Stack 'em high
This is one of the enduring points of debate about home brewing. Old School says that sure, glass is heavy and breakable, but it's also impermeable, easy to clean, doesn't scratch and lasts until it breaks—how can this even be argued when plastic breathes, is tough to clean effectively, easy to scratch and wears out?
It turns out that the Old School might need some new data.
We're talking about modern plastic, polyethylene terephthalate (PET). It's vastly advanced compared to the white plastic pails and buckets which were made with High Density Polyethylene (HDPE). Rigid, white, light and flexible they work pretty well, with the caveat that because they're safe for food that they don't last forever: food grade means they don't contain plasticizers (which keep the HDPE from getting brittle) or UV treatments to prevent UV rays from making them (you guessed it) brittle).
The stuff in PET Carboys is actually a polyester compound and is the same stuff (Dacron) that went into groovy paisley shirts and clip-on ties in the 1970s. In the case of PET Carboys it's rendered amorphous (clear) and is sandwiched with a layer of PVOH (Polyvinyl Alcohol) plastic to block oxygen permeability—more on that in a minute. PET plastic won't absorb odours or stain from beer or wine—it's non-porous and hydrophobic—so it won't carry over colours or flavours from one batch to the next.
Let's look at the concerns:
1) Plastic breathes
PET plastic has a rate of oxygen permeability that's only slightly lower than glass. It's so low that tests have shown that there is more oxygen exchange from the interface between the bung and the neck of a glass carboy than there is through the wall of a PET carboy!
2) Plastic is tough to clean without scratching
PET will scratch, so using a rough-bristled brush is out. However, unlike other plastics, PET is immune to even very harsh cleaning solutions. If you've got a gooped-up carboy just soak it overnight in PBW or similar and it will drop clean like a magic trick.
If it's light soil, just put a couple of cups of your cleaning solution in the carboy, toss in a soft cloth and roll the carboy around on the counter or floor. Because the inside of the carboy is so low-friction, the weight of a wet cloth is enough to scrub it completely clean. Dump it out, retrieve the cloth, rinse and you're good to go.
3) Plastic wears out
PET is non-reactive to UV light and remains pliable even in the long term. The first PET Carboy carboys to come off the line are still in use today, after nearly 20 years of service!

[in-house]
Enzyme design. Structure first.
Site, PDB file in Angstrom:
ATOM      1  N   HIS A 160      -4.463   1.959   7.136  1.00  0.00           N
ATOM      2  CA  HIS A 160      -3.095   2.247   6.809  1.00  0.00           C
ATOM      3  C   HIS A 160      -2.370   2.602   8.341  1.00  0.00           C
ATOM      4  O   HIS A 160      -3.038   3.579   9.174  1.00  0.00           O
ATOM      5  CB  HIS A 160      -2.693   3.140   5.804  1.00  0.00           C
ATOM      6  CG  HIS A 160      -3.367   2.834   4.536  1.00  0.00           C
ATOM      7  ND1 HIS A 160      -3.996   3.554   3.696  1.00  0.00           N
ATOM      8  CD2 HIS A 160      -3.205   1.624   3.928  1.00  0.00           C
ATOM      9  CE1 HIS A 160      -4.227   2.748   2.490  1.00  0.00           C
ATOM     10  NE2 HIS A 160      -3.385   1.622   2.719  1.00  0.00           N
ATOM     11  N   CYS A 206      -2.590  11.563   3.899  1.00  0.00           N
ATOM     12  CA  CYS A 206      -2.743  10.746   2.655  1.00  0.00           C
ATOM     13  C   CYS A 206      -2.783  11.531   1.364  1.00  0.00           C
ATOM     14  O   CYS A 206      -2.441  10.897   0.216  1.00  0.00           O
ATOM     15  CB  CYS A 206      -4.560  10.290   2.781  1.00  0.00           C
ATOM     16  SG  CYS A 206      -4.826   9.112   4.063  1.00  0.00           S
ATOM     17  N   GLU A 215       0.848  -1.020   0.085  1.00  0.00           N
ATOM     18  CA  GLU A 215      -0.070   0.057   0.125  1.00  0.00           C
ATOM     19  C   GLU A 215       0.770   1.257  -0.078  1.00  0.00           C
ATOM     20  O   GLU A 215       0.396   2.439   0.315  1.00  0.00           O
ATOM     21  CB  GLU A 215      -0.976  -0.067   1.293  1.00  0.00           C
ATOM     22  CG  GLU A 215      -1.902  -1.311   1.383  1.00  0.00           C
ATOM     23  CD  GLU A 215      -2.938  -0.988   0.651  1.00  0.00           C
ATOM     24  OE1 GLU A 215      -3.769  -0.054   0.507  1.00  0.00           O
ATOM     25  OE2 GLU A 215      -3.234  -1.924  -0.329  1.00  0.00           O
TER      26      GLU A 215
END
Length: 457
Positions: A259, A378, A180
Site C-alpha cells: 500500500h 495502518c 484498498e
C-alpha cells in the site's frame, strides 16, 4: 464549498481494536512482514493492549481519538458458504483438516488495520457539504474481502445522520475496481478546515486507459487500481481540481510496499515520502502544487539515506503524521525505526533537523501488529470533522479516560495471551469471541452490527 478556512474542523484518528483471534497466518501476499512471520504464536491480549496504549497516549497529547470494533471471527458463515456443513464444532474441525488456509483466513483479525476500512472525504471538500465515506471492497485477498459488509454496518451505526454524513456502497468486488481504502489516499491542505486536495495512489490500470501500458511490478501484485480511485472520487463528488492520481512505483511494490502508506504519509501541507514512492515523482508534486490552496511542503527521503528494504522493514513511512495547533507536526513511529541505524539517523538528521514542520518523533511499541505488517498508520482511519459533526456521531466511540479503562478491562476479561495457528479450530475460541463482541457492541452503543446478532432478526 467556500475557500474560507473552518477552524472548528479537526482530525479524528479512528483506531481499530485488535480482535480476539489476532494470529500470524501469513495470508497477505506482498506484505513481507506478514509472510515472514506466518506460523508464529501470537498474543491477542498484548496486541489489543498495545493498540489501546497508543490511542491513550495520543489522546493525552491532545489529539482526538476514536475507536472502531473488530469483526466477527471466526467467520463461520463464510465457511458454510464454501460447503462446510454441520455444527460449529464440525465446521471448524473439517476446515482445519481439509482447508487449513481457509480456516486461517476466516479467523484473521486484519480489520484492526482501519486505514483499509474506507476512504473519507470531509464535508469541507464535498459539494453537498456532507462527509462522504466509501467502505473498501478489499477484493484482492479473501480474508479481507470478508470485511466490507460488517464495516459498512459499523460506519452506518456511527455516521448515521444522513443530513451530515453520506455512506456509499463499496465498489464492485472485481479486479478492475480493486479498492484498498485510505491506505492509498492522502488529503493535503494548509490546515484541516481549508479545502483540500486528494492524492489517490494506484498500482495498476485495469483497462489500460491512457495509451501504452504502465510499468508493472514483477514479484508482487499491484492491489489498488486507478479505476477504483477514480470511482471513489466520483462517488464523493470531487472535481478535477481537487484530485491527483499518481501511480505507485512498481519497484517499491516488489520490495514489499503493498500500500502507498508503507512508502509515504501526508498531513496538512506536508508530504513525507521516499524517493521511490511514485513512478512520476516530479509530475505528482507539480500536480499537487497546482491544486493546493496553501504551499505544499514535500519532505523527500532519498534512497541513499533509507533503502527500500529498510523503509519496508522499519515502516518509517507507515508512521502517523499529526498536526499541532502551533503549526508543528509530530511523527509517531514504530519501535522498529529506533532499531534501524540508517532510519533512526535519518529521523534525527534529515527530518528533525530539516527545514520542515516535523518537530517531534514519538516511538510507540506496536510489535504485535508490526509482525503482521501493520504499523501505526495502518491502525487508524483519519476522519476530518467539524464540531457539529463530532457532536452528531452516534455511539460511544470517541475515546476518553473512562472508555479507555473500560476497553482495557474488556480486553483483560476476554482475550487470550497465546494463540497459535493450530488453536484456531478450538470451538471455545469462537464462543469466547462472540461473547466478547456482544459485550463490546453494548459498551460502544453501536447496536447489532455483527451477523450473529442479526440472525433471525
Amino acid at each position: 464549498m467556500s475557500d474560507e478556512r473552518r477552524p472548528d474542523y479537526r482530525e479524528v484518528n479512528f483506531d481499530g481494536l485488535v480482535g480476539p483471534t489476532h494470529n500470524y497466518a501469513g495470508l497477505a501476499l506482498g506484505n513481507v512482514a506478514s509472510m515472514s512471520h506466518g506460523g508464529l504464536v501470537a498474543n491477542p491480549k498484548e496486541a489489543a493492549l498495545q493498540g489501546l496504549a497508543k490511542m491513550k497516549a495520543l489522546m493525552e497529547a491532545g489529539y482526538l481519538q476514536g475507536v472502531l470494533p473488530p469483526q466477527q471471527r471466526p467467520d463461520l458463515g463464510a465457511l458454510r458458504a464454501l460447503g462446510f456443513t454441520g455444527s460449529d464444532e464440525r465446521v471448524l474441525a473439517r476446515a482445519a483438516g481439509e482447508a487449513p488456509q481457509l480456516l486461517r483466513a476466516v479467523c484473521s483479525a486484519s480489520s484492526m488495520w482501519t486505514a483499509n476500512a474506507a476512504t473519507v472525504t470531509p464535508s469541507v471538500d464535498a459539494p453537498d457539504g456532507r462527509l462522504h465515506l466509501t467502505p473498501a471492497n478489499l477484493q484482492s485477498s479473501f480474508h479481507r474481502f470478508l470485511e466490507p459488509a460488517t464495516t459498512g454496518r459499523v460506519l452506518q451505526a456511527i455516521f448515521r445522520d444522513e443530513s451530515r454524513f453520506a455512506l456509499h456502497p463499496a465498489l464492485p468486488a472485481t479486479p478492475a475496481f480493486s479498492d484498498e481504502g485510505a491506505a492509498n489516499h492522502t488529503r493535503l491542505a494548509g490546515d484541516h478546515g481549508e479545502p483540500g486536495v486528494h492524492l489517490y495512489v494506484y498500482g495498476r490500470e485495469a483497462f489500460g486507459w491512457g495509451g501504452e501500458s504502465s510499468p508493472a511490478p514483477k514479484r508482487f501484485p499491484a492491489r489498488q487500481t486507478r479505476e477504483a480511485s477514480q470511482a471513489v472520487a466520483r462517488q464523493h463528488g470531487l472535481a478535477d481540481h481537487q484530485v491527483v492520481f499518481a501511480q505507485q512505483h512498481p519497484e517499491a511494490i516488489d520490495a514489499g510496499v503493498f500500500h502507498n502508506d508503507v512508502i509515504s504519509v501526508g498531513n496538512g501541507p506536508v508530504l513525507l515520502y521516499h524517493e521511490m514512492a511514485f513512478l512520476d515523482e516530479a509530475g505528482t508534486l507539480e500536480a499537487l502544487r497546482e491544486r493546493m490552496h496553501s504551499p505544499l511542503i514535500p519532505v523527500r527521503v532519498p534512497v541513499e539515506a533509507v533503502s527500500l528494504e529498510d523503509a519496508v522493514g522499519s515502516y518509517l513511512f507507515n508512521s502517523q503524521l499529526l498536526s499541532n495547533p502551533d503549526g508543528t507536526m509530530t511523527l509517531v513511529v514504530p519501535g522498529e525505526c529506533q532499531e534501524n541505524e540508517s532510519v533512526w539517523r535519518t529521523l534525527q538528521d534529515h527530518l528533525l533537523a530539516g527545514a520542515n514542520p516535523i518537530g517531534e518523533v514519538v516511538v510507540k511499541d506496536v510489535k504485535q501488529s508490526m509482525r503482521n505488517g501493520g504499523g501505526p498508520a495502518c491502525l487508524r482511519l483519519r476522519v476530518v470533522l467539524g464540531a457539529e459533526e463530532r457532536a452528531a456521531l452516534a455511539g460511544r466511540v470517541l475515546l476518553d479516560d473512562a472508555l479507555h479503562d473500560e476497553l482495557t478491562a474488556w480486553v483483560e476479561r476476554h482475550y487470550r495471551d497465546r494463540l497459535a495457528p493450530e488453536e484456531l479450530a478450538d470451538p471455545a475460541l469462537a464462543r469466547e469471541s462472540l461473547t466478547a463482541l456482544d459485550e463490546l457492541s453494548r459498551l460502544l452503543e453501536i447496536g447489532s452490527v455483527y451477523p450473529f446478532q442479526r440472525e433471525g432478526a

As for the advantages of PET Carboy:
The combined weight of 19 litres of beer or 23 litres of wine and the glass carboy to contain it adds up fast, to 25-30 kilos. PET Carboys only weigh a couple of hundred grams, lightening the burden—especially nice if you're lifting it up for racking or into an awkward space, or if your back just isn't quite what it used to be.
So many busted carboys . . . art installation by Robert Smithson
The biggest factor in favour of PET Carboy is that they're essentially unbreakable under normal use. If you bump a glass carboy against a counter or another carboy, or if you lift it by the neck and it has a weak spot, or heaven forbid you actually drop it on the ground, it's going to shatter.
When a glass carboy does break, not only do you lose whatever delicious beverage it was holding, you're exposed to a dangerous shower of glass. Every homebrew shop owner knows an awful story of emergency room trips, stitches and in some cases really appalling injuries from broken carboys—for that alone, PET Carboys are a great carboy.
Getting dry hops in and out of a glass carboy that has a 6.5 bung opening is truly painful. The neck of the PET Carboy fits a alarger bung and is a lot easier to use to add oak chips, hops, spices, or anything that needs to go into—and eventually come out of—your homebrew.
If you're interested in setting up a really convenient system for racking from one carboy to another it's easy to set up the PET Carboy with a valve and spigot, along with an o-ringed bung that will let you transfer with little to zero oxygen transfer! Glass carboys with spigots are out there, but they're expensive and rare.
Finally, we like PET Carboy because of how it is when it's empty: it's so light you can store it nearly anywhere it fits, on top of a closet space, in the attic, etc. They're so light it's a breeze to put them somewhere high up, and because they won't break you don't have to take a lot of care when you stack them up.
The biggest everyday reason to use PET Carboys is their light weight and ease of cleaning. Long-term, their sturdiness and resistance to shattering gives them a huge advantage over glass, while delivering great results.